I’m In Outline Hell!

My son takes after my caffeine habits

My son takes after my caffeine habits

I can’t outline. I give up. I have note cards and paper scraps everywhere: in my desk, on the baby changing table, on the back of book covers and stuffed between my couch cushions. I take these scraps and type them up and save them in nicer looking word documents where they die in my random desktop folders that I have astutely named, “writing”.

Talking about outlining is like talking about defecating: nobody wants to hear about it, but it’s unfortunately essential.

I have a Beginning, a Middle, and an End, and in my blissful ignorance and blind zeal, I figured I was done and the book would flow from my fingers like the perfectly formed goddess that sprung from the head of Zeus. But, characters have a life of their own, and I’m controlling. I’m not a gardener, I’m a brick-layer (dammit, Jim). Things are going to change during the writing process, so I adjusted my outline for these changes and I’m still not satisfied.

This 3-Act structure by Ian McCaig helped me a great deal, because it takes away the fun and makes the author own her characters and quit being a baby:

Act 1.

in the first few pages, the audience needs to know the answers to these questions:

~Who is the story about?

~What does he/she WANT?

~What are the obstacles?

Thinking of Star Wars: it’s a story about a boy who wants to save a princess from the Evil Empire.

So the next question is:

~What’s the plan?

Star Wars: Luke meets a Obi Wan who has the plan to go to Alderaan. BUT… the boy balks. the plan is outside his comfort zone.


~A bridge must be burned.

A point of no return. This can be a conscious choice or created from external pressures. In Star Wars, Luke’s aunt and uncle are killed by the empire. There is nothing left for him on Tatooine. He sets off with Obi Wan and his Plan.

Act 2.

Now “The Plan” is in action. Fun stuff, exciting stuff, happening stuff…. but, basically filler stuff.  Ian called this part of the story “smoke and mirrors“.  Entertaining (and important), but mostly prepping for the climax in Act 3. However, to keep the story going through all this filler stuff, there needs to be:

~ A “Flip” about halfway through act 2.

Something that alters the progress of the plan. Obi Wan dies. It doesn’t stop the plan, but requires special dealing with.

And you keep going…


Act 3.

~The highest high of the story.

Everything seems to be coming together the way it should. You THINK you are safe. Luke has saved the princess and successfully brought her to the rebel base.


Immediately following the highest high, comes:

~The lowest low.

There was a tracking device on the spaceship. Now EVERYONE is gonna die.

This was the point which Ian drove home: all the smoke and mirrors from act 2, all the filler stuff, the exciting stuff, was really only leading up to this moment. The lowest low, where we learn the whole point of the story. Where our hero has to come face to face with a decision:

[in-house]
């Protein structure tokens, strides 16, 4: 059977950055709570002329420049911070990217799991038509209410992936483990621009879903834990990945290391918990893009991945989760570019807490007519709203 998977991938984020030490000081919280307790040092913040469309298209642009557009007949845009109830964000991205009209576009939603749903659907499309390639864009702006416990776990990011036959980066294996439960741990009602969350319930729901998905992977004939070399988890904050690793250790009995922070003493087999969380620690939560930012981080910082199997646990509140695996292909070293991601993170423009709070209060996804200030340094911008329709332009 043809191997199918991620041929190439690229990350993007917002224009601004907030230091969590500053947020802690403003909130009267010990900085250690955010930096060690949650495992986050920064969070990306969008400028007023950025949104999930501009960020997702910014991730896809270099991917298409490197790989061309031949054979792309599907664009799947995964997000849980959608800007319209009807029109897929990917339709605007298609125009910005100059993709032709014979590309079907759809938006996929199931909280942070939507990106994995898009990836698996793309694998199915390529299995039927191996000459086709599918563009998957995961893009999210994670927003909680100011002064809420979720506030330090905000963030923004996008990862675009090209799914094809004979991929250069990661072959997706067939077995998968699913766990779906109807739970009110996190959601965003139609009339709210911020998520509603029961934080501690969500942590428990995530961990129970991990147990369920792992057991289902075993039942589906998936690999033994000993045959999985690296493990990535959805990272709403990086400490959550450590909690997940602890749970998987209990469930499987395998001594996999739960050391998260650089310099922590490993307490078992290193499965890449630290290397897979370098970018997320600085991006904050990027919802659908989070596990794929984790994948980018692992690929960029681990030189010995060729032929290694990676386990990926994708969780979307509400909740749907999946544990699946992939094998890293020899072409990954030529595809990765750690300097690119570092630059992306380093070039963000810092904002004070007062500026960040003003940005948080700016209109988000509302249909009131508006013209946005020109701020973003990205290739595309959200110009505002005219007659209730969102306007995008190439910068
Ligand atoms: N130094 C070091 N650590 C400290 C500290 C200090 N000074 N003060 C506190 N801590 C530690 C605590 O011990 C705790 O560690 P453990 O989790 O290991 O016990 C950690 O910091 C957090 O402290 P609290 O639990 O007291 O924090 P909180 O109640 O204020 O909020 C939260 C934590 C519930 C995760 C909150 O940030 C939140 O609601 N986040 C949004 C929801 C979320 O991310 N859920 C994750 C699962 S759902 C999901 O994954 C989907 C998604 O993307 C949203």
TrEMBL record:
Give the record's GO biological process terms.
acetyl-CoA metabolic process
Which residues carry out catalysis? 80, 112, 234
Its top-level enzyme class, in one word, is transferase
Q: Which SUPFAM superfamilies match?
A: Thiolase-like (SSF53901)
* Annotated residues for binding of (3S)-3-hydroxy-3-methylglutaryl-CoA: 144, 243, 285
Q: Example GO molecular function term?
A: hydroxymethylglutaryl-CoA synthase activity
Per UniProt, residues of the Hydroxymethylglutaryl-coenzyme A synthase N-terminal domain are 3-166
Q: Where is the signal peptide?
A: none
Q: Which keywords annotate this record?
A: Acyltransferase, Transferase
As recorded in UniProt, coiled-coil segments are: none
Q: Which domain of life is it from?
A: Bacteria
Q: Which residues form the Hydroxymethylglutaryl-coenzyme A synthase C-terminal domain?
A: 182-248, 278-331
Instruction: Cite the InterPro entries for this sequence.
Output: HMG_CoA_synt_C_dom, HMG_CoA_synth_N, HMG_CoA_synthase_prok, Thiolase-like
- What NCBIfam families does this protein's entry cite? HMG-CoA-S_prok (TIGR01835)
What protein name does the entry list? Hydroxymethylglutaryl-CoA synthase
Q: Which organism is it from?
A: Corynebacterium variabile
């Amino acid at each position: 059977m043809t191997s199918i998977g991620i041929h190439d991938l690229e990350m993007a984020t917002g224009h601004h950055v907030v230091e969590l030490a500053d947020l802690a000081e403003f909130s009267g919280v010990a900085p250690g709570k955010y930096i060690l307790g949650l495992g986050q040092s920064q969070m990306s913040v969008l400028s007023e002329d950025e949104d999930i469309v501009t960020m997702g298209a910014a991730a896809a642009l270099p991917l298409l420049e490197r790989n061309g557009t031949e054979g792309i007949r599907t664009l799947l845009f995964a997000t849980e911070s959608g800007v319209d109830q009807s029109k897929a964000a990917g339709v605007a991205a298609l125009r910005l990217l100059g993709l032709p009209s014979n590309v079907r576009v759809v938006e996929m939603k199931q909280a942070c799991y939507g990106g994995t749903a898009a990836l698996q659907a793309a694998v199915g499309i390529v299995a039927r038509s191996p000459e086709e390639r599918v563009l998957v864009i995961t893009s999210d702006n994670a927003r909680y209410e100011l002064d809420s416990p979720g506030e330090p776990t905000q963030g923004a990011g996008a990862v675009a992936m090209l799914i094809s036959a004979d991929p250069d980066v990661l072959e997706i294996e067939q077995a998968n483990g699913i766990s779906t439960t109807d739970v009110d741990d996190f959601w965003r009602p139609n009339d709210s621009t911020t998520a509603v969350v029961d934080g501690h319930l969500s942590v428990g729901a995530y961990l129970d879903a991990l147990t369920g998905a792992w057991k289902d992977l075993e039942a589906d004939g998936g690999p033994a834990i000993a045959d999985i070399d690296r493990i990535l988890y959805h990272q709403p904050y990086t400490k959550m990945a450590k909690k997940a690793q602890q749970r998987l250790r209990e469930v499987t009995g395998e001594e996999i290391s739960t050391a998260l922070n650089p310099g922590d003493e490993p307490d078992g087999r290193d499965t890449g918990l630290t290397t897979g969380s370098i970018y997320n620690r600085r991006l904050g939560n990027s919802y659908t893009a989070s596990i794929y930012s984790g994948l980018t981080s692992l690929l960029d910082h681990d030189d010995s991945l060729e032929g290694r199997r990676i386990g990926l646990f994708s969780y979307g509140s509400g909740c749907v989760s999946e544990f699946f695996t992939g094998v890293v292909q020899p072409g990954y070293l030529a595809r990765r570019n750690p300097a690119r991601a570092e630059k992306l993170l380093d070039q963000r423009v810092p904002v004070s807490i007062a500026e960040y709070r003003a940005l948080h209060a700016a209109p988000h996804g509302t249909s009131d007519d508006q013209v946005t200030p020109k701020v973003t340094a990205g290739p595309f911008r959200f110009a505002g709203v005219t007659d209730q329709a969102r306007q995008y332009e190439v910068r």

~The choice between what our hero WANTS, and what our hero NEEDS.

Luke wants to save the princess. But what he needs, is to become a Jedi. (Which choice launches the next two movies in the trilogy).

It’s not super detailed, but it got me out the door. Now I just need to burn everything I’ve built to the ground and hope that all the work I did becomes useful some other time.

Further help:

Pixar Story Ideas

6 Steps for Writing a Book Synopsis 

A Comprehensive and Totally Universal Listing of Every Problem a Story Has Ever Had

My First Acceptance and a Good Rejection

Possible head shot?

Possible head shot? Are you fooled into thinking I’m professional? 🙂

I got one of the best rejection letters I have ever received this past month. The editor took the time to outline what he really liked about my writing, expressed that the quality of my prose surprised him since I told him I was unpublished, and he told me he expected I’d find a home for my stories. He then let me submit again, even though he had a one-story-per-author rule, just so he could see what else I had.

If I ever get to be an editor, I want to be like that.

I can honestly say that everyone I have met in the sci-fi publishing world so far is really great and welcoming. If I’m lucky enough to get to be a part of that world someday, I’ll be grateful.

I also got my fist acceptance! It’s a first issue of a literary webzine that specializes in genre-bending prose and poetry. I’ll be sure to link to it once it goes live.

My Writing Process

Between working and taking care of my lovely kiddos, writing is hard to find time for. So, I decided to just stay consistent:

  1. Write 50-500 words a day, at night or in the morning. I just do it. I don’t care if it’s good, I just do it.
  2. I made sure to give myself realistic goals. I don’t sit around thinking, “I’m going to get a best-selling novel published!” Instead, I think, “I want to work very hard at getting published in X Magazine.” Maybe X Magazine rejects me few times. It will only make publication with them all the more sweet.
  3. Read. A. Lot. One of the pitfalls I found myself in this week was in being unoriginal. I wrote a story that followed a popular sci-fi trope, and the editor told me that while my writing was great and enjoyable, it wasn’t original enough to make it to the second round. This would be like, say, submitting a vampire story to a horror magazine. The editor is going to put it in a pile with other vampire stories and your competition might beat you.

I’m having so much fun on this little journey. Honestly, that’s the ultimate test.